Whilst some would argue that parenthood is life’s ultimate adventure, having children should never hinder your exploration of nature’s theme park. If anything, it should enhance them. After all, the sooner you get the kids rocking down a cliff-face on a mountain bike, the sooner they’ll be sharing your passion for sheer drops and killer views.
Team-building exercises are a great way to develop a strong sense of adventure in children. However, like anything in life, there are good and bad ways to encourage them and it’s all too easy to waste the fleeting sunshine by pushing the kids too hard. With this in mind, take a look at these tips for outdoorsy team-building escapades. Hopefully, with a bit of forethought, your children will be bitten by a lifelong love of adventure in no time.
1. HAVE FUN
This is all too easily overlooked. Without fun, you get no buy-in from the children and naturally, the end effect will be the direct opposite of your intentions. Of course, what constitutes fun is totally subjective. One child’s penchant for abseiling is another’s love of impromptu fashion shows. As such, it’s wise to take a quick straw poll beforehand. Water-sports (like those offered by Kingswood’s Adventure Choice) are a good way to level the playing field. Raft-building, pond-dipping, kayaking or even a set of organised beach games get children participating in outdoorsy fun without even knowing it.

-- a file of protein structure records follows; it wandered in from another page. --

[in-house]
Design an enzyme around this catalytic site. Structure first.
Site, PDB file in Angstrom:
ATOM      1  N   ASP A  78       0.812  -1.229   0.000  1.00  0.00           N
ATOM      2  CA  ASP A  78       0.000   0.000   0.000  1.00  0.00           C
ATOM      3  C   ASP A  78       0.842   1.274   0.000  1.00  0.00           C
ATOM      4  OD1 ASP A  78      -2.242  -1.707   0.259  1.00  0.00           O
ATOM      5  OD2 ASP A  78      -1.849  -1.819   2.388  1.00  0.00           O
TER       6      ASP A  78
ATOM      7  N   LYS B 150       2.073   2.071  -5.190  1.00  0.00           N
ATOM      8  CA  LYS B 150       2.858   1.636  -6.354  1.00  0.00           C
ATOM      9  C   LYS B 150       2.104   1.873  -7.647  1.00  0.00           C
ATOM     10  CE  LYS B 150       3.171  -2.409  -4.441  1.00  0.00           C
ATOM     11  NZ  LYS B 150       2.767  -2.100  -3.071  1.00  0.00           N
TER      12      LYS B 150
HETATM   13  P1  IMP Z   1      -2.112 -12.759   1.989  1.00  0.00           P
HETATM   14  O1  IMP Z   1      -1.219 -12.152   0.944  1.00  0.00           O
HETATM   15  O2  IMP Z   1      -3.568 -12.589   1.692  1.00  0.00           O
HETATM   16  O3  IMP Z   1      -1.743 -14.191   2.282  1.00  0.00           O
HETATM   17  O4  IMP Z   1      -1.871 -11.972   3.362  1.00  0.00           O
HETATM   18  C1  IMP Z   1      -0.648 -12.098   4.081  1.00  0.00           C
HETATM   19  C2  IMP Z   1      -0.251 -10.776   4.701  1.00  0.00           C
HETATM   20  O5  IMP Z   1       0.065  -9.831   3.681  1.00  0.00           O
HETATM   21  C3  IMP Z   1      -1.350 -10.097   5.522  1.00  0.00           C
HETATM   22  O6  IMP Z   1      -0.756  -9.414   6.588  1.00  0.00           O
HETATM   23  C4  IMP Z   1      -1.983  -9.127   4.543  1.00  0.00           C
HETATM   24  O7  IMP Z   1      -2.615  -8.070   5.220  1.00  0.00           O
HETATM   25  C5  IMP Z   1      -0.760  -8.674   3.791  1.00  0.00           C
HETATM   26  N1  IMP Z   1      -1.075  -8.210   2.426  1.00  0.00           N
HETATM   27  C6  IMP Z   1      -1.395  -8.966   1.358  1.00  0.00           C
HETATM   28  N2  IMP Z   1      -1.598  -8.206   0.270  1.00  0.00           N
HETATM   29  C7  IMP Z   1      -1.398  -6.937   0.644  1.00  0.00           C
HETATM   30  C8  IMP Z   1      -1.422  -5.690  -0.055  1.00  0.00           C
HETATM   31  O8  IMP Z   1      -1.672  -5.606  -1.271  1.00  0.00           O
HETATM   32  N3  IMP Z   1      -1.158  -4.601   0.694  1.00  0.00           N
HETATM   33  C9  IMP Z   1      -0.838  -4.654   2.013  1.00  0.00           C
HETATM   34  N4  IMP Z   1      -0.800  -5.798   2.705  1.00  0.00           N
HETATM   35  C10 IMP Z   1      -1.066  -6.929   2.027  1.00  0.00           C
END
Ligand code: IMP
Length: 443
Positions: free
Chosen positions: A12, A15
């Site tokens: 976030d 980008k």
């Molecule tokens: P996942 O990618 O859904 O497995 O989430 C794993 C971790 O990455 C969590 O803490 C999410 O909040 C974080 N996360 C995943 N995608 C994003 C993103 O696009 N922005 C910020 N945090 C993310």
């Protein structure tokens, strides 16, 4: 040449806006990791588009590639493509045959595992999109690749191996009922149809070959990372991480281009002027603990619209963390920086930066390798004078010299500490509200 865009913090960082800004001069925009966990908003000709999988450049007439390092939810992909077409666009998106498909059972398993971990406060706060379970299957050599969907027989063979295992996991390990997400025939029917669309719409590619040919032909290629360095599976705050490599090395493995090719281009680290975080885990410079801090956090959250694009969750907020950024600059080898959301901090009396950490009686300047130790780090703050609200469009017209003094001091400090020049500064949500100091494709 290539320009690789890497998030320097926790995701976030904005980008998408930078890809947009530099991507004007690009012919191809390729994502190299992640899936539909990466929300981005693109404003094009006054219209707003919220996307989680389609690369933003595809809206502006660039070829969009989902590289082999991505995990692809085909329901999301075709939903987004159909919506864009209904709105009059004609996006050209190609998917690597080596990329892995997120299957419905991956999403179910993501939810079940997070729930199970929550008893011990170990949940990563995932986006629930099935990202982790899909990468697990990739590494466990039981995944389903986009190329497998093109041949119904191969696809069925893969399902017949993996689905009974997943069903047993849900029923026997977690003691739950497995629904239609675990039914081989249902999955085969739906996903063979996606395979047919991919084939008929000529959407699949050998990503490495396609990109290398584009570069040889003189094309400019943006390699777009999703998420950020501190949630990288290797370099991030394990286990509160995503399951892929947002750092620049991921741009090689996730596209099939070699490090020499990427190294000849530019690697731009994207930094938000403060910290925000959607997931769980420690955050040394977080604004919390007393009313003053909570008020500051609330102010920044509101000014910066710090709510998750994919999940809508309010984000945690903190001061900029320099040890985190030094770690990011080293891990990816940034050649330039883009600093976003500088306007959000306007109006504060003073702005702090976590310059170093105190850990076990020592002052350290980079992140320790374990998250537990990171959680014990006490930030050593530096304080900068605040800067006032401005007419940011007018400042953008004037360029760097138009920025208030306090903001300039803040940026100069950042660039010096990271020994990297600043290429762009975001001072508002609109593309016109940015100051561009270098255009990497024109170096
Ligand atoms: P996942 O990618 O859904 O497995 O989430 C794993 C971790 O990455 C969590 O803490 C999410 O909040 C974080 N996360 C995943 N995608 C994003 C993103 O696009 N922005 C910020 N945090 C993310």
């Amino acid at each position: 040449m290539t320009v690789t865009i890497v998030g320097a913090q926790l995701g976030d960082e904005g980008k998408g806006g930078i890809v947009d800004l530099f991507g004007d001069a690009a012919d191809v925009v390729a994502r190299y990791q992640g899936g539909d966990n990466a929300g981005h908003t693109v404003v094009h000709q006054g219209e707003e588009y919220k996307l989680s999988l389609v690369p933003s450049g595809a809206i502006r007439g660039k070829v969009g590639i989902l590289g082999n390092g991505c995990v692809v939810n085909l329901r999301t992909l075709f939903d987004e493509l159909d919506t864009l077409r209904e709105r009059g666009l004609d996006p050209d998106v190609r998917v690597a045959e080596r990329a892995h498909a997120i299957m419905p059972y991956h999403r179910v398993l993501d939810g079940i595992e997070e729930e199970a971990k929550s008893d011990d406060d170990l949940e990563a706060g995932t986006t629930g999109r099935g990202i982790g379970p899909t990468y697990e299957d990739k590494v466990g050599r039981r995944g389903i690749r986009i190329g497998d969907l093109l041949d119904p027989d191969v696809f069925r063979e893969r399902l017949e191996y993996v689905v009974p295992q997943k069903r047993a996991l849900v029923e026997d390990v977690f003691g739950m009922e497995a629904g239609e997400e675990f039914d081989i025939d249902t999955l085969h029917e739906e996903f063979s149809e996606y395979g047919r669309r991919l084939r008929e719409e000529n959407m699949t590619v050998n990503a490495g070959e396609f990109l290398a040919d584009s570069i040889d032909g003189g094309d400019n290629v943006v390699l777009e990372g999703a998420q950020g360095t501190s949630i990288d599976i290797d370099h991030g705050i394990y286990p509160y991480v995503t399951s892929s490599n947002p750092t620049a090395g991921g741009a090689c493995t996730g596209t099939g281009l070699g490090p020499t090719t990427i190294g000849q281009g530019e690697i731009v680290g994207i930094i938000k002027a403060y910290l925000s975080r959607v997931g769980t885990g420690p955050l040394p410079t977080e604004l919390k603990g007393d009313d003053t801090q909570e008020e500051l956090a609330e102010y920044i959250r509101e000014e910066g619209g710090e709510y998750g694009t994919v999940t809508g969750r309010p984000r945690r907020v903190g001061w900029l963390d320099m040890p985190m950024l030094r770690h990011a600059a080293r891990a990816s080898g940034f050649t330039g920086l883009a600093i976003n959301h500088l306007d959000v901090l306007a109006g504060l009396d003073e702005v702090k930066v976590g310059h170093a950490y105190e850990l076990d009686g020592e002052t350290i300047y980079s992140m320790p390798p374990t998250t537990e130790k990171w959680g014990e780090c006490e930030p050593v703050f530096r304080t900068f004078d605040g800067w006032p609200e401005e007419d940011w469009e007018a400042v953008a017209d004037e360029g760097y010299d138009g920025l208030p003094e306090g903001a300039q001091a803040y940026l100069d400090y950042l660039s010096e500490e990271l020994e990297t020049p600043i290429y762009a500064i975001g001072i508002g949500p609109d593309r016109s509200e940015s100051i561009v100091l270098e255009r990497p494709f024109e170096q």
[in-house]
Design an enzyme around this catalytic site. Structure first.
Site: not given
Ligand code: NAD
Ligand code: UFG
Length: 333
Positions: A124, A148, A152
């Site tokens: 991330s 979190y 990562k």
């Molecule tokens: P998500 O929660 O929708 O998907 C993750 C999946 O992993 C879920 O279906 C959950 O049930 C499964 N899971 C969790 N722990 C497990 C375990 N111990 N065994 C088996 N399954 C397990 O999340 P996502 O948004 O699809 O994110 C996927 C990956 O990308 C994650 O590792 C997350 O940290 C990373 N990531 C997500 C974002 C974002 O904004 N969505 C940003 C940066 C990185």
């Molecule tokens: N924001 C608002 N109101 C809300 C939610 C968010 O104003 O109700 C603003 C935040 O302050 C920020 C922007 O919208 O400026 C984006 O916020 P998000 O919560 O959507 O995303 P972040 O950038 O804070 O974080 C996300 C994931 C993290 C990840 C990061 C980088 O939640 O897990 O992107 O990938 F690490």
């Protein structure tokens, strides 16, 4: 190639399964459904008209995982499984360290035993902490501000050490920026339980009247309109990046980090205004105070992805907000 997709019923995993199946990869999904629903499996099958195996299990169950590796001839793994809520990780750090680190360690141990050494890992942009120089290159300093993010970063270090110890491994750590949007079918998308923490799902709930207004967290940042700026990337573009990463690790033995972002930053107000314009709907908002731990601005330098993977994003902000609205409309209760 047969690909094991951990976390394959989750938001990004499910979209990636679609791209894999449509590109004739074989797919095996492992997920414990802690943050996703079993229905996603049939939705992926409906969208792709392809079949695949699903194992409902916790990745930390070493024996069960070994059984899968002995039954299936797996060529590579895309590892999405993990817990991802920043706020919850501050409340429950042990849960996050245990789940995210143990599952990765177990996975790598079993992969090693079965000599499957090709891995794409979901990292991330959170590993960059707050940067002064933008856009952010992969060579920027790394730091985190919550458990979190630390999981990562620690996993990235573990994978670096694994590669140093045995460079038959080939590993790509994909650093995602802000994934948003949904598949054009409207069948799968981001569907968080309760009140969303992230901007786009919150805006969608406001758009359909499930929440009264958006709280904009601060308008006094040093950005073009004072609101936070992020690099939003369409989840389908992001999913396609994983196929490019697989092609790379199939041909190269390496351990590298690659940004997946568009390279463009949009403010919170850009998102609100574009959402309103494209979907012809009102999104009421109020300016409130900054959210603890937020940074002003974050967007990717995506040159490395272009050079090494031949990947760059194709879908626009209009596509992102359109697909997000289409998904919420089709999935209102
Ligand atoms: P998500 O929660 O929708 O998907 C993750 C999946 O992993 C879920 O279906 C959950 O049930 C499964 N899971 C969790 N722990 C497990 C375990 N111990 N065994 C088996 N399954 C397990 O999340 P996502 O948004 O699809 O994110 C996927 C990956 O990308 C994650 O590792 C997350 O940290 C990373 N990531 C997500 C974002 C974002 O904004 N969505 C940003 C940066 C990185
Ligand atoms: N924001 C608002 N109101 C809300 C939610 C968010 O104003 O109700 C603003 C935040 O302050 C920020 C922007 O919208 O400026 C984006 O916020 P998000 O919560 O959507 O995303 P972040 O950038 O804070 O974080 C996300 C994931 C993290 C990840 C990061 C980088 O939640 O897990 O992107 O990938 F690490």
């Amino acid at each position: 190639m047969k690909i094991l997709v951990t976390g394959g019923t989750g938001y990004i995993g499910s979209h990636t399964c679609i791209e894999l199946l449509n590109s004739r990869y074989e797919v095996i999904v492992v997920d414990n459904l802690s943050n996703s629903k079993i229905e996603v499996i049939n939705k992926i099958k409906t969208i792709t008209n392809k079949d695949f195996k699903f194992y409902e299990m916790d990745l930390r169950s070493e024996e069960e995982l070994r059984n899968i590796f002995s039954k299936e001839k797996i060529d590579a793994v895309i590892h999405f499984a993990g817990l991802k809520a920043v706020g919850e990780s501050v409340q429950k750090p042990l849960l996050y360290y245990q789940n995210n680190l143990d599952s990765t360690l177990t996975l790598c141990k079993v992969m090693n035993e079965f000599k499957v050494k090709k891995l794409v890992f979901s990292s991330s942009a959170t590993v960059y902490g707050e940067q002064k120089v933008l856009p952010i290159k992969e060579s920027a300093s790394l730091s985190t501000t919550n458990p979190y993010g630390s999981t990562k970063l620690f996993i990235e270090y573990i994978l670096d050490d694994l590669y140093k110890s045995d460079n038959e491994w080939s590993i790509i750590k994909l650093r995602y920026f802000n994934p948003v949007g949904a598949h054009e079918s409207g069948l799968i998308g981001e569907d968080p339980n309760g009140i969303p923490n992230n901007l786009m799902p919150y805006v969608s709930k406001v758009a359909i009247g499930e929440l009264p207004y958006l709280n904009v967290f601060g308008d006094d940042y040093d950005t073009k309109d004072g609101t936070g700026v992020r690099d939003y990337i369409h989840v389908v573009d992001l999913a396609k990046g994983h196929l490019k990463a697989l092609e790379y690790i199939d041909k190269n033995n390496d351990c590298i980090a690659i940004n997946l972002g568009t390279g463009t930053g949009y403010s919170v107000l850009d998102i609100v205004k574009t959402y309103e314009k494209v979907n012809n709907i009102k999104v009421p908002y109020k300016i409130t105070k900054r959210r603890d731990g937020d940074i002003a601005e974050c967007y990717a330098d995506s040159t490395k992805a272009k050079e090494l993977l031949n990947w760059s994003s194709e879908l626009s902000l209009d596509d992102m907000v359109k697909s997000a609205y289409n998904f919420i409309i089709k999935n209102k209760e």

2. BE FLEXIBLE
Obviously, when setting a team-based task, there needs to be an end-goal clearly mapped out. There should be purpose and direction. However, as we all know, imposing too much rigidity upon an adventure will dry it out. Set goals, sure, but add incentives (prizes of some description or forfeits for the runners-up?) and make sure that you’re ready if the adventure goes off trail – which is more than likely with young children who have a tendency to explore/throw tantrums.
The best thing is to retain an open mind and be ready to adapt. Whilst hot-footing it up a mountain face might seem like a blissful day out to you, the little darling strapped to your back is less than likely to agree and they’ll soon let you know about it.
If your kids feel like they have a role to play, a responsibility, then they’ll be much more receptive to the challenges up ahead. Perhaps they could help you pack the lunch or look after the bike pump? Maybe it’s their job to check the kit list every day or look after their little sisters backpack? This might sound like a no-brainer, but the sooner you start treating your kids like little adventurers, the sooner they’ll respond in kind. Children love to feel important and grown up.
4. TAKE A STEP BACK
Whilst being flexible, collaborative and fun, it’s also a good idea to let your junior explorers take the lead once in a while. Let’s say, for example, that you’ve gone on a green-trail family mountain biking trip and you’ve been fastidiously following the designated path. However, up ahead there’s an unexpected obstruction. A tree has fallen. You can’t go over it, you can’t go under it, oh no, you’ll have to go through it! You get the idea. Let your kids make the decision and watch as their love of adventure blossoms on the dirt track.
Like it or not, one of the most important things about adventure is the independence and problem solving it encourages. If you want to raise children that have walking boots welted into the soles of their feet, you need to put them in the right environment and then leave them to it (metaphorically of course). No one is ever passionate about something they’ve been forced into. Given the space to define their adventure, your children will own the experience and the passion, rather than feeling like it’s an extension of their parent’s interests.
Do you have any tips to nurture little adventurers?